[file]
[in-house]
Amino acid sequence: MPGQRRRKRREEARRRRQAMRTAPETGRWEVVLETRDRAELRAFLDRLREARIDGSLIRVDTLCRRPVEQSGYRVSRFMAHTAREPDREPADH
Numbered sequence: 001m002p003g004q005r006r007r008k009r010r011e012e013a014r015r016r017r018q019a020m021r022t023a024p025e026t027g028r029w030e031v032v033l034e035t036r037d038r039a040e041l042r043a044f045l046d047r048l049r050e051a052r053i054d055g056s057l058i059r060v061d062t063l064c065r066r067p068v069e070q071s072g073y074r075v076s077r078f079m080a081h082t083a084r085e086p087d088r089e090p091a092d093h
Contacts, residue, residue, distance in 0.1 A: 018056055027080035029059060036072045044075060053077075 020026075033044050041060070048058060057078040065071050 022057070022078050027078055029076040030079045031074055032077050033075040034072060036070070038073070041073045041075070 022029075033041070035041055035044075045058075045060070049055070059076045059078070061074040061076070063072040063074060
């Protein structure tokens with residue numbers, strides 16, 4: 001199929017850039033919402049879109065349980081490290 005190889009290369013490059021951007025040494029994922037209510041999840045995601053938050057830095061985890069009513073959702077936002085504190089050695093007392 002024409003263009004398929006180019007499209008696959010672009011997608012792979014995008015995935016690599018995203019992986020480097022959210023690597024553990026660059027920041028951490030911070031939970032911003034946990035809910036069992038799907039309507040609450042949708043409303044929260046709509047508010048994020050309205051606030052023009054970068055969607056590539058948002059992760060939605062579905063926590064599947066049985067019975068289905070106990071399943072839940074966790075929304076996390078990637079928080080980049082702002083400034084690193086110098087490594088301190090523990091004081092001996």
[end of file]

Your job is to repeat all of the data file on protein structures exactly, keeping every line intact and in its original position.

[in-house]
Amino acid sequence: MPGQRRRKRREEARRRRQAMRTAPETGRWEVVLETRDRAELRAFLDRLREARIDGSLIRVDTLCRRPVEQSGYRVSRFMAHTAREPDREPADH
Numbered sequence: 001m002p003g004q005r006r007r008k009r010r011e012e013a014r015r016r017r018q019a020m021r022t023a024p025e026t027g028r029w030e031v032v033l034e035t036r037d038r039a040e041l042r043a044f045l046d047r048l049r050e051a052r053i054d055g056s057l058i059r060v061d062t063l064c065r066r067p068v069e070q071s072g073y074r075v076s077r078f079m080a081h082t083a084r085e086p087d088r089e090p091a092d093h
Contacts, residue, residue, distance in 0.1 A: 018056055027080035029059060036072045044075060053077075 020026075033044050041060070048058060057078040065071050 022057070022078050027078055029076040030079045031074055032077050033075040034072060036070070038073070041073045041075070 022029075033041070035041055035044075045058075045060070049055070059076045059078070061074040061076070063072040063074060
């Protein structure tokens with residue numbers, strides 16, 4: 001199929017850039033919402049879109065349980081490290 005190889009290369013490059021951007025040494029994922037209510041999840045995601053938050057830095061985890069009513073959702077936002085504190089050695093007392 002024409003263009004398929006180019007499209008696959010672009011997608012792979014995008015995935016690599018995203019992986020480097022959210023690597024553990026660059027920041028951490030911070031939970032911003034946990035809910036069992038799907039309507040609450042949708043409303044929260046709509047508010048994020050309205051606030052023009054970068055969607056590539058948002059992760060939605062579905063926590064599947066049985067019975068289905070106990071399943072839940074966790075929304076996390078990637079928080080980049082702002083400034084690193086110098087490594088301190090523990091004081092001996």